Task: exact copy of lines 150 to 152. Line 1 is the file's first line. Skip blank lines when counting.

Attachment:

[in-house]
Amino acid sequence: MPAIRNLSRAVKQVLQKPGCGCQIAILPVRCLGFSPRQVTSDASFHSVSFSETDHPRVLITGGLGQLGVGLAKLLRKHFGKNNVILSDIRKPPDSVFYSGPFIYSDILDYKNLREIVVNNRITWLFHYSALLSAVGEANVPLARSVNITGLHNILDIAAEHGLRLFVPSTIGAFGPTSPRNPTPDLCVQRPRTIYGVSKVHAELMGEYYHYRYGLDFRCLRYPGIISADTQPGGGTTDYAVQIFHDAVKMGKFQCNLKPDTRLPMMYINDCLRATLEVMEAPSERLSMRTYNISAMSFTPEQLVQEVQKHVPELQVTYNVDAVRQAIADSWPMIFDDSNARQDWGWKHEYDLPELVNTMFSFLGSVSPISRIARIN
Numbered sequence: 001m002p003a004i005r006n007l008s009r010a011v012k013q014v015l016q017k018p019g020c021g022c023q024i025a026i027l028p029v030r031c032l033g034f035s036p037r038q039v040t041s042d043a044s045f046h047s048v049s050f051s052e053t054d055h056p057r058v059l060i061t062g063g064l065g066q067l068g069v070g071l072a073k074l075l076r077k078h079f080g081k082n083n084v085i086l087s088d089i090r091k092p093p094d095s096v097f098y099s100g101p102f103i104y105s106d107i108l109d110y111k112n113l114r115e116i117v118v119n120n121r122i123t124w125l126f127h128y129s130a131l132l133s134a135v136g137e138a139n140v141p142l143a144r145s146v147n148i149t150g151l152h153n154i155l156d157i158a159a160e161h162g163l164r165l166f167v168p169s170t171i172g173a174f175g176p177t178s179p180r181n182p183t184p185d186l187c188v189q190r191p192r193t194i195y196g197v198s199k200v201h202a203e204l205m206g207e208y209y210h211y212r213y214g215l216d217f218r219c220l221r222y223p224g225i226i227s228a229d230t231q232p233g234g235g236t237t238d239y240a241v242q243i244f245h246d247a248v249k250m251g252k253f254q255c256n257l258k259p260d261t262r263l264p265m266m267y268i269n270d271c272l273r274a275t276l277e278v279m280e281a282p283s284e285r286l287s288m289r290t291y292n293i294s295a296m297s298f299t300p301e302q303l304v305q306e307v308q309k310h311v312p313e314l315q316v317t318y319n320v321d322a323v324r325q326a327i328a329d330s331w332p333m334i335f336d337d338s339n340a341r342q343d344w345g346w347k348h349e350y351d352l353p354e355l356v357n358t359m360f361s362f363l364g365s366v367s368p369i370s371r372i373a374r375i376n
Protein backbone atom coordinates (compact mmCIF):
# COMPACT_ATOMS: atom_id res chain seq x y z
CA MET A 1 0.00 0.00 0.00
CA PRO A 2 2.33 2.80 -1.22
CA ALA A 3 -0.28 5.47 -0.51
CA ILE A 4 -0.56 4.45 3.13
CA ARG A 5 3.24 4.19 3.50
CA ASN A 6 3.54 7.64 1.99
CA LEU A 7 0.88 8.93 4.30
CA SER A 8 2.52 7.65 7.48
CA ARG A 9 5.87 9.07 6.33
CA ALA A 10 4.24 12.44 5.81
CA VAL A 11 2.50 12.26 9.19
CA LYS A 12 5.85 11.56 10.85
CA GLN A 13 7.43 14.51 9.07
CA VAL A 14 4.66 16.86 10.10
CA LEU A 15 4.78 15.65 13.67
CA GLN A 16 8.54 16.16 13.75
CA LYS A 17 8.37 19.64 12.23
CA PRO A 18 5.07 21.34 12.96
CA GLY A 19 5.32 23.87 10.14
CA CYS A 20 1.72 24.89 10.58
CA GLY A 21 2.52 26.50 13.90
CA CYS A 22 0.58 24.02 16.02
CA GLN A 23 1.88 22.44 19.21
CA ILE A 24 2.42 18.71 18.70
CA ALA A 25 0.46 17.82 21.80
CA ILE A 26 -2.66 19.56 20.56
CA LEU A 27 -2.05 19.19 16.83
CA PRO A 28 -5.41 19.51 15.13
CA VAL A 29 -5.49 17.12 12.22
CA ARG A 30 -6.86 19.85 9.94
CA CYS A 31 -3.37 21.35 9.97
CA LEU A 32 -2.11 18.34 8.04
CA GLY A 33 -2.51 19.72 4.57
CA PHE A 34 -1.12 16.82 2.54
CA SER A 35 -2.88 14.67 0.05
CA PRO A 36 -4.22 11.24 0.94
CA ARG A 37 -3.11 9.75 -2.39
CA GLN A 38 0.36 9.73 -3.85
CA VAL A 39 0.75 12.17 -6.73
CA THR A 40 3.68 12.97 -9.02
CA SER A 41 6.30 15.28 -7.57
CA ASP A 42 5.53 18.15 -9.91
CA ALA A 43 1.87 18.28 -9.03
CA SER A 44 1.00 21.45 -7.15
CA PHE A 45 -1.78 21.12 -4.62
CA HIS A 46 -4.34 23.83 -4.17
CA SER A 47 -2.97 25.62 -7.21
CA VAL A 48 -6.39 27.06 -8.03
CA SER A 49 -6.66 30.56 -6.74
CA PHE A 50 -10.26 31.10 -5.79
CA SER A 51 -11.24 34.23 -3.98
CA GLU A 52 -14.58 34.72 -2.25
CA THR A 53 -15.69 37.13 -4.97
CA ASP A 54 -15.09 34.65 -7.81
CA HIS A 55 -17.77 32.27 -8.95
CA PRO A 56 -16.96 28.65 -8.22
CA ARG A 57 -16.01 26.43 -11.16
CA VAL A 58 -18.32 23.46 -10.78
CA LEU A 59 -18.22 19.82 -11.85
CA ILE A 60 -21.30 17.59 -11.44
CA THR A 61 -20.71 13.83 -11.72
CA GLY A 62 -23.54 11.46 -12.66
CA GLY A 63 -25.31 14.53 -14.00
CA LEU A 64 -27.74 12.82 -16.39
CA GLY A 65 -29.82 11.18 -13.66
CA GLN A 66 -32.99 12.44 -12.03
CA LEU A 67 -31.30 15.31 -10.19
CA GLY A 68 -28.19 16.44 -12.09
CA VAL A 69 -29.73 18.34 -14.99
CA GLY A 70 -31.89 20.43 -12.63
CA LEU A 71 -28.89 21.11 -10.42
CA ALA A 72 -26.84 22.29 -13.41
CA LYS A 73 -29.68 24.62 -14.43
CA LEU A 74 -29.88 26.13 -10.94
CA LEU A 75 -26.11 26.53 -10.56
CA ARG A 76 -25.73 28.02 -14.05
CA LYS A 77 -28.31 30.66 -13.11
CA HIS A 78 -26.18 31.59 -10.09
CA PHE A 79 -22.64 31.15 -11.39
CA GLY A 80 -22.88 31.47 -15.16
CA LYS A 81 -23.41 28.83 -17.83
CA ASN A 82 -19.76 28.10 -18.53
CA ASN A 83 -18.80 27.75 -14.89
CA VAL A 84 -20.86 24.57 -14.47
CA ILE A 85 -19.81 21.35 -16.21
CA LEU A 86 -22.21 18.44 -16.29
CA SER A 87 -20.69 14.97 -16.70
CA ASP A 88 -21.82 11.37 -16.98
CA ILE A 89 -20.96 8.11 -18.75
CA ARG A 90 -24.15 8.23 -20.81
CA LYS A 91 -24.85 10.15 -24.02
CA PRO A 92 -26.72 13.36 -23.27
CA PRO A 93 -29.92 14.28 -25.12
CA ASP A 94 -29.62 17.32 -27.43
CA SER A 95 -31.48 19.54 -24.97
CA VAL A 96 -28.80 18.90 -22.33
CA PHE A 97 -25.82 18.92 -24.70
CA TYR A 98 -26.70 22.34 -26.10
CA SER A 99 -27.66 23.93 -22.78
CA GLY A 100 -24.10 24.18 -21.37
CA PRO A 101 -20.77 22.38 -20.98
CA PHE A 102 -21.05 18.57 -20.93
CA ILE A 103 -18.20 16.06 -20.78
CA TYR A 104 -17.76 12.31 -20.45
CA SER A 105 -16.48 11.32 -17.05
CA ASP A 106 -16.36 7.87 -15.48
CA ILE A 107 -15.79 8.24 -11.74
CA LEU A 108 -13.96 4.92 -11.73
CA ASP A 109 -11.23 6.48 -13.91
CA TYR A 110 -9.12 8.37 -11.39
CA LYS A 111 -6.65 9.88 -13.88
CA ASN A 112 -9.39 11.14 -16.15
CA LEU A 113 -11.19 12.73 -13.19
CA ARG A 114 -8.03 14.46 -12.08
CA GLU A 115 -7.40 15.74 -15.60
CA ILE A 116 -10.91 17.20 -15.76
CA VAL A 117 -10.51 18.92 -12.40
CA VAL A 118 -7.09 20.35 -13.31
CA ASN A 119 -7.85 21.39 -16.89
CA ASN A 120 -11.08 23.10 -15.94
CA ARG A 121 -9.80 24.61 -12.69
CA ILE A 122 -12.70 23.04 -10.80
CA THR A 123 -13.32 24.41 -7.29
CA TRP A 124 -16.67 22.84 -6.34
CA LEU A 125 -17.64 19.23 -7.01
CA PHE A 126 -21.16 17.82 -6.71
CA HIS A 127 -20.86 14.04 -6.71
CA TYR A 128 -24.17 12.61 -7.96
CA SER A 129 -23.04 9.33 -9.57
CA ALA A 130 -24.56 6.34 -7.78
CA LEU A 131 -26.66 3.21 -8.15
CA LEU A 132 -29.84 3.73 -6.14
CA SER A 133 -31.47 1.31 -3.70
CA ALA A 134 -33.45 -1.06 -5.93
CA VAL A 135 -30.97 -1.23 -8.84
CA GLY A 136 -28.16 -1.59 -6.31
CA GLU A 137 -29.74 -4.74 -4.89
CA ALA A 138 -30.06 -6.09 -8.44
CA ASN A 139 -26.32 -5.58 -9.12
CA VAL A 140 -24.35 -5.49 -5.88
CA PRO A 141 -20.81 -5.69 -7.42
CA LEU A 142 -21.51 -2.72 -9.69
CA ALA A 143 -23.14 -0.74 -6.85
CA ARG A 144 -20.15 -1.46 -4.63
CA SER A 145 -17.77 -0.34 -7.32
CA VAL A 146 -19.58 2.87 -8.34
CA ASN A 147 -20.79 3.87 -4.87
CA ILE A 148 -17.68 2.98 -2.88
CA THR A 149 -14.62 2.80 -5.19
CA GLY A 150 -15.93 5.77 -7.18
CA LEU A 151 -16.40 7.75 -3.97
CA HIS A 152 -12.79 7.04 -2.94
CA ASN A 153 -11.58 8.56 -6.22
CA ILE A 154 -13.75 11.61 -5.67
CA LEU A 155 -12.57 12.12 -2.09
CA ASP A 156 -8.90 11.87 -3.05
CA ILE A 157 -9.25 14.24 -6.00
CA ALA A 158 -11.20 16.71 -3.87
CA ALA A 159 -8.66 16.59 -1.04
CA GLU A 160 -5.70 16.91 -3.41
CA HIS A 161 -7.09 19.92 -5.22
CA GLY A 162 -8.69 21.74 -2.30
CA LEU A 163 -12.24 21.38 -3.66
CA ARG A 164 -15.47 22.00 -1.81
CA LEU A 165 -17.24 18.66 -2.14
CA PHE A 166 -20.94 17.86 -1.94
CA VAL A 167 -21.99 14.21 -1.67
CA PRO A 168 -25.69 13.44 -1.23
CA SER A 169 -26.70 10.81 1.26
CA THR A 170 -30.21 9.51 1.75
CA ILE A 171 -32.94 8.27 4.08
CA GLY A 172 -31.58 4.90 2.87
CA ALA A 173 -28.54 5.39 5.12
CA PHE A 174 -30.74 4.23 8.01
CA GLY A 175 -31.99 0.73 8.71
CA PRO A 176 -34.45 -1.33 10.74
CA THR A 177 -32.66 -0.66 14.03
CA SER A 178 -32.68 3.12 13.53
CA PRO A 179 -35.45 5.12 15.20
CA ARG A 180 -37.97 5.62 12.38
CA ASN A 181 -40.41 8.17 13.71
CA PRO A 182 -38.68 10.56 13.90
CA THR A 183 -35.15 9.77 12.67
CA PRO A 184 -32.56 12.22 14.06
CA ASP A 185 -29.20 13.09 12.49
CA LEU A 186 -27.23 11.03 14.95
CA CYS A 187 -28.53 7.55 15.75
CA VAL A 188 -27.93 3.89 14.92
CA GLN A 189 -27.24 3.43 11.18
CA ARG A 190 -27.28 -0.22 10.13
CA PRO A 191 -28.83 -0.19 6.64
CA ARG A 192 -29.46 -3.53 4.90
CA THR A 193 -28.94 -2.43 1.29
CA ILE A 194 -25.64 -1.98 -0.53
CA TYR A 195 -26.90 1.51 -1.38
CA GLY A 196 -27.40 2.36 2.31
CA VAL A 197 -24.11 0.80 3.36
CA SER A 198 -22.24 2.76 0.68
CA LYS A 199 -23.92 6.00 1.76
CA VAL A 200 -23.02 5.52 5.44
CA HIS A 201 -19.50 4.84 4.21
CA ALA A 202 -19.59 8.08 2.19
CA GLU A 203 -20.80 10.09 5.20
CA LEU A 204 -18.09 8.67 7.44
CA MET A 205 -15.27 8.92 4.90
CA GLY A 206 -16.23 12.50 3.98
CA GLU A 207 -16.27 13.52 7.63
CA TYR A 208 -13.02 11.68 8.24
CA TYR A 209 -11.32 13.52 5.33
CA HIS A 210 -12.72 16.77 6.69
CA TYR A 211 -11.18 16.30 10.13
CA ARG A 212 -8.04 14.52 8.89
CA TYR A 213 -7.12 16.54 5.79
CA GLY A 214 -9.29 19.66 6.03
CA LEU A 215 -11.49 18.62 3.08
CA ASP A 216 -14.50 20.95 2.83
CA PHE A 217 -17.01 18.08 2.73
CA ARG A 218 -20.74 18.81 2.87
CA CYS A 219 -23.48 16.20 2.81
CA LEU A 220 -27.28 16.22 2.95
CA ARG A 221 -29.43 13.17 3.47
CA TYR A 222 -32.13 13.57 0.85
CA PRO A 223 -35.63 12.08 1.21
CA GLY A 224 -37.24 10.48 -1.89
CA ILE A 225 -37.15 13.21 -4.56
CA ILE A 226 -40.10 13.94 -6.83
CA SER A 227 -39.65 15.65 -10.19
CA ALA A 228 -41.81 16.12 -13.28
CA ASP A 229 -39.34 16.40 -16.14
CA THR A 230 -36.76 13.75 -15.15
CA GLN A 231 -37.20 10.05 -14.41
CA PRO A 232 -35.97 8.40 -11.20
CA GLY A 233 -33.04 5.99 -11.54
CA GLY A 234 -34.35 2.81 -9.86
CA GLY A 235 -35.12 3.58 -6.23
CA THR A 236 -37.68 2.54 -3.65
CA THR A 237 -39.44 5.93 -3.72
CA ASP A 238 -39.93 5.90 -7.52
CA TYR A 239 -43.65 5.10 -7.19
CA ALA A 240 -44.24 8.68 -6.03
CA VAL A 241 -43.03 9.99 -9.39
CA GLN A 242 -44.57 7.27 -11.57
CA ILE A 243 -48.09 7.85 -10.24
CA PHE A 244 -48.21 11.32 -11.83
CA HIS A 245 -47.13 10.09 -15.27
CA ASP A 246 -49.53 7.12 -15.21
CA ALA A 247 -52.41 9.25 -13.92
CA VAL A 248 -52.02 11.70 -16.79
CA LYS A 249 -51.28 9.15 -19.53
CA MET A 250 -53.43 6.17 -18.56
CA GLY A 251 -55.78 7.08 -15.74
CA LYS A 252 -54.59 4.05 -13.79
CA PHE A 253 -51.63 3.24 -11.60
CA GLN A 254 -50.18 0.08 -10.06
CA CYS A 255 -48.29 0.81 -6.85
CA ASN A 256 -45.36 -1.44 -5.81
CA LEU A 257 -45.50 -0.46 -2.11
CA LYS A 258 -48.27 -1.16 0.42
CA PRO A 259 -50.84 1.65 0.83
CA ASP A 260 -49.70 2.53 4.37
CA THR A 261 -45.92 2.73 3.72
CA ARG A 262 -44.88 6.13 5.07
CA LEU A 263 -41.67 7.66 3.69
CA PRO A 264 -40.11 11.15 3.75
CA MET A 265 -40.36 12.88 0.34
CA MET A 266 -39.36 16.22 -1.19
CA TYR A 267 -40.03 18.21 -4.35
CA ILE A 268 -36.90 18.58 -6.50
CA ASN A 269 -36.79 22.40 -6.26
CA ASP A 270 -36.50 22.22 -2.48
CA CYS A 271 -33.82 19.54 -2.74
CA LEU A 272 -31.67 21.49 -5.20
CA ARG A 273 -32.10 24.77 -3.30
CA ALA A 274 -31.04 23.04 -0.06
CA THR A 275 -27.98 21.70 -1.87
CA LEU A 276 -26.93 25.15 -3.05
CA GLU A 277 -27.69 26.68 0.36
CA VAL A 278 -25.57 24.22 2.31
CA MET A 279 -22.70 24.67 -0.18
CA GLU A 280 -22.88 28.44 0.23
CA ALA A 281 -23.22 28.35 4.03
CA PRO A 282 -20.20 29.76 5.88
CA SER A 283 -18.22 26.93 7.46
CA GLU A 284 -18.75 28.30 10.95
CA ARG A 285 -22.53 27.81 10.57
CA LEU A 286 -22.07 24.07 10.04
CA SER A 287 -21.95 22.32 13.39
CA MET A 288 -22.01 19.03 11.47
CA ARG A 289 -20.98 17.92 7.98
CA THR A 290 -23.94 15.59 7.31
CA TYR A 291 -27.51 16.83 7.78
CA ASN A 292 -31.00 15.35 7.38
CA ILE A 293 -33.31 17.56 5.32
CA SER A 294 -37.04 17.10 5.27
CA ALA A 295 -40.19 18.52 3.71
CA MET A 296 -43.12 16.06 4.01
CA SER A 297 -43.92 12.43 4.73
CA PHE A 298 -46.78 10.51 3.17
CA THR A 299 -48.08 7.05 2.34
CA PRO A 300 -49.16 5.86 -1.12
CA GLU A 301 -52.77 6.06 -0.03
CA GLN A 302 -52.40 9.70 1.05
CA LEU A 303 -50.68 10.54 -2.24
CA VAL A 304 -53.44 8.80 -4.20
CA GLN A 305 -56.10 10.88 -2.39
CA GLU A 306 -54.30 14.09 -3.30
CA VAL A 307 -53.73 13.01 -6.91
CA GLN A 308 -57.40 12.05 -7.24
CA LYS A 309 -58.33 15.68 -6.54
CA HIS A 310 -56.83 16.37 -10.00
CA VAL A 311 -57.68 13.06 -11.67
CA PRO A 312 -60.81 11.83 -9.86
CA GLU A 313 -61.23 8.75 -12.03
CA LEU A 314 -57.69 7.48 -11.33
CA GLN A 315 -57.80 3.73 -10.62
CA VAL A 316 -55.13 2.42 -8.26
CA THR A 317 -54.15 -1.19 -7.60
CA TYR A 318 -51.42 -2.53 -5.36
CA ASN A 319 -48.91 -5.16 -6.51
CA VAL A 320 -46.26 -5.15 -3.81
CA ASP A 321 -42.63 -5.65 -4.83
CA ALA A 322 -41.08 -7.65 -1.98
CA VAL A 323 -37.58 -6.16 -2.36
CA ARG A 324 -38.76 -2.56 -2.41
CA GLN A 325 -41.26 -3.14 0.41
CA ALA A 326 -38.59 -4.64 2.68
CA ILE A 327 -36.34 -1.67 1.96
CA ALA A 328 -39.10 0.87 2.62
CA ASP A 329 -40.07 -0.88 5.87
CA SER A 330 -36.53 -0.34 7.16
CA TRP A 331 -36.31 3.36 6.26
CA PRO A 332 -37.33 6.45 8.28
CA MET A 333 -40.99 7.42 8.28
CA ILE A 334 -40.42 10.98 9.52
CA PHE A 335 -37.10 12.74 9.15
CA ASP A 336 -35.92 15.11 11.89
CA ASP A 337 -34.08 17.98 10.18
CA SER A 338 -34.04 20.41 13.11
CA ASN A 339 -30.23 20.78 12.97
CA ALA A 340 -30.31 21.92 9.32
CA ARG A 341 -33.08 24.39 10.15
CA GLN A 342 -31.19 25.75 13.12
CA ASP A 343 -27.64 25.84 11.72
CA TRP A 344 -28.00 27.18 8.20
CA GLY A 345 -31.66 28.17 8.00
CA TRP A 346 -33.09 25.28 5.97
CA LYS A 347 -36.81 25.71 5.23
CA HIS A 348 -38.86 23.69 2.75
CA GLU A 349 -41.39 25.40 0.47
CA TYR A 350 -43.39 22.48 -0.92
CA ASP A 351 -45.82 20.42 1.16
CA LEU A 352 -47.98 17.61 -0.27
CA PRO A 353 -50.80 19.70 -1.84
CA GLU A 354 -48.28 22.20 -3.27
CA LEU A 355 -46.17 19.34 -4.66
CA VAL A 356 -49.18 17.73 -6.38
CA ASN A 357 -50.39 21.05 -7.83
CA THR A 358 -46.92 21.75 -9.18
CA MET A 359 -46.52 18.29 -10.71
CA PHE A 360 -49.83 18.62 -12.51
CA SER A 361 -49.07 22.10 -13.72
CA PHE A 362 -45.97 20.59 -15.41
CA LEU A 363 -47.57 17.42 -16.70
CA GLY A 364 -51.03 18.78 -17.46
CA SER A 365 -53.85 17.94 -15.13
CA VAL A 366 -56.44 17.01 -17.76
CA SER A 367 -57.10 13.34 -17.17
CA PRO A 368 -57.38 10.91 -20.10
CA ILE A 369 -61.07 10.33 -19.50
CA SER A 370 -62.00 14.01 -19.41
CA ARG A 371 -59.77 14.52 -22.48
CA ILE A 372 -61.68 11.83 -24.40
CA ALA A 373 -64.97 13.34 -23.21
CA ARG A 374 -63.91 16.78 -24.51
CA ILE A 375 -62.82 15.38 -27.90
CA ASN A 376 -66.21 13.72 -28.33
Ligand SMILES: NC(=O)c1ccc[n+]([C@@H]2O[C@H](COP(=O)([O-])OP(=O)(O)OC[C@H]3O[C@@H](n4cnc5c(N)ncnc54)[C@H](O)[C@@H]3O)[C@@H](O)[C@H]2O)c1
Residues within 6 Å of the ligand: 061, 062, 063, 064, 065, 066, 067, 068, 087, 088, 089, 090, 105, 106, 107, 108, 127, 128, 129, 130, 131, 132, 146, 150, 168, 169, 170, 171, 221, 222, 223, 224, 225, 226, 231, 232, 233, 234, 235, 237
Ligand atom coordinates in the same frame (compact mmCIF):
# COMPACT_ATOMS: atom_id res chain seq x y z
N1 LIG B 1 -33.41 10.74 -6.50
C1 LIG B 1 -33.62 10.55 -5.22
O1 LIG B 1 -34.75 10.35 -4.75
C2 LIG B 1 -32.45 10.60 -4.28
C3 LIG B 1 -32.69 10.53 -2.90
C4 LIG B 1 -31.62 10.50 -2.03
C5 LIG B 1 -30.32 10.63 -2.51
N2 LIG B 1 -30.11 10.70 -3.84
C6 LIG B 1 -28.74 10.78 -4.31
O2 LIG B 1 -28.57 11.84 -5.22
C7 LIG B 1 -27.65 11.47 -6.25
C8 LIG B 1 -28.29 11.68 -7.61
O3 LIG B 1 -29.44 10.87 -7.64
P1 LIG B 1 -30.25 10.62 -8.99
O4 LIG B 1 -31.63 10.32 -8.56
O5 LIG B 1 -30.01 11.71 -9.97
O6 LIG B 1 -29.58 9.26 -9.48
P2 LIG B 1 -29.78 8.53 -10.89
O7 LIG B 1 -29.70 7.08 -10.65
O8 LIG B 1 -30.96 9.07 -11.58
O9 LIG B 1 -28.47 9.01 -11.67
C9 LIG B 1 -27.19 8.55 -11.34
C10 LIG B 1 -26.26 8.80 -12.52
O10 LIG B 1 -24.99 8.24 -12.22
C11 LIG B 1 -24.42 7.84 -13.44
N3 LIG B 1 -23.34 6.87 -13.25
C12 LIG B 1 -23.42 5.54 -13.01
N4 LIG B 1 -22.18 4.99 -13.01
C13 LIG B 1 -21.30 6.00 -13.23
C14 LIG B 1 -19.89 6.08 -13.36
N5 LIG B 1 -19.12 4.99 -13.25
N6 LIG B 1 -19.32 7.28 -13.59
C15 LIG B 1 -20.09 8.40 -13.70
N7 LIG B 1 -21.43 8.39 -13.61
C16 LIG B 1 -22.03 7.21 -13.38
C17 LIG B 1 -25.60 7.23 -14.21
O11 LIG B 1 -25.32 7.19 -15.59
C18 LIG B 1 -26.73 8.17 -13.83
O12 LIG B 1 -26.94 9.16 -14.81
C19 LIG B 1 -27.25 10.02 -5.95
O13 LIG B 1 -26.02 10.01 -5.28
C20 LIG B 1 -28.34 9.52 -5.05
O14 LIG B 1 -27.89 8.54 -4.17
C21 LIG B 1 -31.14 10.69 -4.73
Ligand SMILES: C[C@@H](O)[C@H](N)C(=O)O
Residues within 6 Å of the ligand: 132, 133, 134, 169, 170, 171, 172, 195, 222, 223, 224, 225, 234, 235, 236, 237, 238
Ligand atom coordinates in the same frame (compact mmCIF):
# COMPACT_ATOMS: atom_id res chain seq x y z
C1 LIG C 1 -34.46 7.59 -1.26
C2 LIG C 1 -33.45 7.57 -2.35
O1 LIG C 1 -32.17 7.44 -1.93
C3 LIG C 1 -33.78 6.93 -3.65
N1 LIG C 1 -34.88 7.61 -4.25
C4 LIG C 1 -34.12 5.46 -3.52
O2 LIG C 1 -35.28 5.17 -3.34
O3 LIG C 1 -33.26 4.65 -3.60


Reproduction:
CA SER A 145 -17.77 -0.34 -7.32
CA VAL A 146 -19.58 2.87 -8.34
CA ASN A 147 -20.79 3.87 -4.87